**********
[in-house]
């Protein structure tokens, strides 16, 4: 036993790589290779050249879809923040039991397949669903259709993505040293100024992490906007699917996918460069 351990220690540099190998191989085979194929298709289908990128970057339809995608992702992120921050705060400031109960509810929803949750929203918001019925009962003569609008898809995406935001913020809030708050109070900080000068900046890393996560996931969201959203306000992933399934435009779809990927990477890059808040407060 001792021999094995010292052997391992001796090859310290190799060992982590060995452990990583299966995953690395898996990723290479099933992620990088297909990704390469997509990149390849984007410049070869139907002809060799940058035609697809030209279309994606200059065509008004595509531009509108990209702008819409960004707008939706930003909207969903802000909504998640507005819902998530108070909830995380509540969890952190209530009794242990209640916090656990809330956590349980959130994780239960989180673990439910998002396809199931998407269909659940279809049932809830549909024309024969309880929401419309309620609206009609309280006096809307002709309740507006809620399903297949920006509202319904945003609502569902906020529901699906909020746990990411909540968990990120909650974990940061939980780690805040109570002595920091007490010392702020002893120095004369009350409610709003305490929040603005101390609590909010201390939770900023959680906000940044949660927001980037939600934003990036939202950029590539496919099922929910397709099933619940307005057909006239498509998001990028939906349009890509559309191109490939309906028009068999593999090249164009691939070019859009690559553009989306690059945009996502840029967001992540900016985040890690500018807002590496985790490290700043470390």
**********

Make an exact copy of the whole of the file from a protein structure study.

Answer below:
[in-house]
């Protein structure tokens, strides 16, 4: 036993790589290779050249879809923040039991397949669903259709993505040293100024992490906007699917996918460069 351990220690540099190998191989085979194929298709289908990128970057339809995608992702992120921050705060400031109960509810929803949750929203918001019925009962003569609008898809995406935001913020809030708050109070900080000068900046890393996560996931969201959203306000992933399934435009779809990927990477890059808040407060 001792021999094995010292052997391992001796090859310290190799060992982590060995452990990583299966995953690395898996990723290479099933992620990088297909990704390469997509990149390849984007410049070869139907002809060799940058035609697809030209279309994606200059065509008004595509531009509108990209702008819409960004707008939706930003909207969903802000909504998640507005819902998530108070909830995380509540969890952190209530009794242990209640916090656990809330956590349980959130994780239960989180673990439910998002396809199931998407269909659940279809049932809830549909024309024969309880929401419309309620609206009609309280006096809307002709309740507006809620399903297949920006509202319904945003609502569902906020529901699906909020746990990411909540968990990120909650974990940061939980780690805040109570002595920091007490010392702020002893120095004369009350409610709003305490929040603005101390609590909010201390939770900023959680906000940044949660927001980037939600934003990036939202950029590539496919099922929910397709099933619940307005057909006239498509998001990028939906349009890509559309191109490939309906028009068999593999090249164009691939070019859009690559553009989306690059945009996502840029967001992540900016985040890690500018807002590496985790490290700043470390």